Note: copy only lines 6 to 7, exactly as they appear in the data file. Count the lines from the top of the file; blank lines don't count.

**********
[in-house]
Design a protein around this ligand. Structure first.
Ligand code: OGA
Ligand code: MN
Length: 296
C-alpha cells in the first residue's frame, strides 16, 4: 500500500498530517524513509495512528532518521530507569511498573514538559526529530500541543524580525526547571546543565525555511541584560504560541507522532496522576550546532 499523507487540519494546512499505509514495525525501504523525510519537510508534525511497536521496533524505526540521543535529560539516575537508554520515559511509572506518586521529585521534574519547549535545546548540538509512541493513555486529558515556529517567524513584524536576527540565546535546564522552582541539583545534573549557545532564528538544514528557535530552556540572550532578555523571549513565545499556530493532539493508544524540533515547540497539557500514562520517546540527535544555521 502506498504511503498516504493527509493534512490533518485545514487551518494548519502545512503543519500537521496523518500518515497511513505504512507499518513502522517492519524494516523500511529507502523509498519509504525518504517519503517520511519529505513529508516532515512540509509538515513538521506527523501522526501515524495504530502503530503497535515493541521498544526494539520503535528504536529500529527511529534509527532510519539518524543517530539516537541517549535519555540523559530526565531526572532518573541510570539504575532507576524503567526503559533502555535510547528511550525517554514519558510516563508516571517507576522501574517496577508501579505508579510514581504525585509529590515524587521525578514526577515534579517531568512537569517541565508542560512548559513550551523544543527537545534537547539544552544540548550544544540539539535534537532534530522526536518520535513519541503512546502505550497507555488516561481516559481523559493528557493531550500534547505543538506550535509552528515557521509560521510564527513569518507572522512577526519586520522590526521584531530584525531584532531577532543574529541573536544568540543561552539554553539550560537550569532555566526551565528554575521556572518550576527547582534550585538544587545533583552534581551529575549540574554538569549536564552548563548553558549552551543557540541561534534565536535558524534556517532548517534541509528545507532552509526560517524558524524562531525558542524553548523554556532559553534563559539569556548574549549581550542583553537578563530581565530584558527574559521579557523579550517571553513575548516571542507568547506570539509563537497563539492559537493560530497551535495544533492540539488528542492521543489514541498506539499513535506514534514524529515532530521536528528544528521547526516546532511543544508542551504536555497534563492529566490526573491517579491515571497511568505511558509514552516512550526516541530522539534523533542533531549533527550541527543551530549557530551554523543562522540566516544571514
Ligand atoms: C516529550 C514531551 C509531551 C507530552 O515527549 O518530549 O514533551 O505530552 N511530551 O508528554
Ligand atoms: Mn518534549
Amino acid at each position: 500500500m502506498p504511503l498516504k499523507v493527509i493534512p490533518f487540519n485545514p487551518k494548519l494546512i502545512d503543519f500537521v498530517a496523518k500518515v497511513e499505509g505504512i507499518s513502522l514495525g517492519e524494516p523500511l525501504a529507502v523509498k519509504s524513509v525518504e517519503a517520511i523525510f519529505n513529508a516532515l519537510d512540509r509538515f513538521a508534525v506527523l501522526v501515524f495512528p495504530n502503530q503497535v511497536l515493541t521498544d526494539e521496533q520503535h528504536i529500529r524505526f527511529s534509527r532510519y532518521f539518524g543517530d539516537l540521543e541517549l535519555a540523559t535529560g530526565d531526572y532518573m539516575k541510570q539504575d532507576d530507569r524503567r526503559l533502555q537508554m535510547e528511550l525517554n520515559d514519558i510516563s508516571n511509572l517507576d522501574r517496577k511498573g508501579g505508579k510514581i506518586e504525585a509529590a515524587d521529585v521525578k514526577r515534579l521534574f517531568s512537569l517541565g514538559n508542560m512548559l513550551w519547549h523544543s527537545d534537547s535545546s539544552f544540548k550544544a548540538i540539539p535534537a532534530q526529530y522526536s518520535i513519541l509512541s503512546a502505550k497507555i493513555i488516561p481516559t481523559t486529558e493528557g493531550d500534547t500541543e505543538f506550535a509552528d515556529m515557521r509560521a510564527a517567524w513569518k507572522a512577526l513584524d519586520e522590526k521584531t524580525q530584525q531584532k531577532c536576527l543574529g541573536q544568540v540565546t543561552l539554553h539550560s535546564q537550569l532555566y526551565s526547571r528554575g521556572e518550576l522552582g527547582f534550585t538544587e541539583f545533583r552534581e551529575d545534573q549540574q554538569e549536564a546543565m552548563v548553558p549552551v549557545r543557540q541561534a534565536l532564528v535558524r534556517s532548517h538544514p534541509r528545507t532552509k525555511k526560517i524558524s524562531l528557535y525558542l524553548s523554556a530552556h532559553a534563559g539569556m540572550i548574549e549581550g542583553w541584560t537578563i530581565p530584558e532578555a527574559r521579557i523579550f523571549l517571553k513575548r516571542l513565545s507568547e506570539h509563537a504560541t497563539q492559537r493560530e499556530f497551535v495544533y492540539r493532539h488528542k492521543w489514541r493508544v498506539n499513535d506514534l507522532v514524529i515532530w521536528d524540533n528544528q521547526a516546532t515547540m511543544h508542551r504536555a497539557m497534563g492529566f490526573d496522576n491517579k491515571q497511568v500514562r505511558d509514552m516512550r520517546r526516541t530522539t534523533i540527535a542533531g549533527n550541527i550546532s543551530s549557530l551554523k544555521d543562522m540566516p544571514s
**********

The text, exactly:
C-alpha cells in the first residue's frame, strides 16, 4: 500500500498530517524513509495512528532518521530507569511498573514538559526529530500541543524580525526547571546543565525555511541584560504560541507522532496522576550546532 499523507487540519494546512499505509514495525525501504523525510519537510508534525511497536521496533524505526540521543535529560539516575537508554520515559511509572506518586521529585521534574519547549535545546548540538509512541493513555486529558515556529517567524513584524536576527540565546535546564522552582541539583545534573549557545532564528538544514528557535530552556540572550532578555523571549513565545499556530493532539493508544524540533515547540497539557500514562520517546540527535544555521 502506498504511503498516504493527509493534512490533518485545514487551518494548519502545512503543519500537521496523518500518515497511513505504512507499518513502522517492519524494516523500511529507502523509498519509504525518504517519503517520511519529505513529508516532515512540509509538515513538521506527523501522526501515524495504530502503530503497535515493541521498544526494539520503535528504536529500529527511529534509527532510519539518524543517530539516537541517549535519555540523559530526565531526572532518573541510570539504575532507576524503567526503559533502555535510547528511550525517554514519558510516563508516571517507576522501574517496577508501579505508579510514581504525585509529590515524587521525578514526577515534579517531568512537569517541565508542560512548559513550551523544543527537545534537547539544552544540548550544544540539539535534537532534530522526536518520535513519541503512546502505550497507555488516561481516559481523559493528557493531550500534547505543538506550535509552528515557521509560521510564527513569518507572522512577526519586520522590526521584531530584525531584532531577532543574529541573536544568540543561552539554553539550560537550569532555566526551565528554575521556572518550576527547582534550585538544587545533583552534581551529575549540574554538569549536564552548563548553558549552551543557540541561534534565536535558524534556517532548517534541509528545507532552509526560517524558524524562531525558542524553548523554556532559553534563559539569556548574549549581550542583553537578563530581565530584558527574559521579557523579550517571553513575548516571542507568547506570539509563537497563539492559537493560530497551535495544533492540539488528542492521543489514541498506539499513535506514534514524529515532530521536528528544528521547526516546532511543544508542551504536555497534563492529566490526573491517579491515571497511568505511558509514552516512550526516541530522539534523533542533531549533527550541527543551530549557530551554523543562522540566516544571514
Ligand atoms: C516529550 C514531551 C509531551 C507530552 O515527549 O518530549 O514533551 O505530552 N511530551 O508528554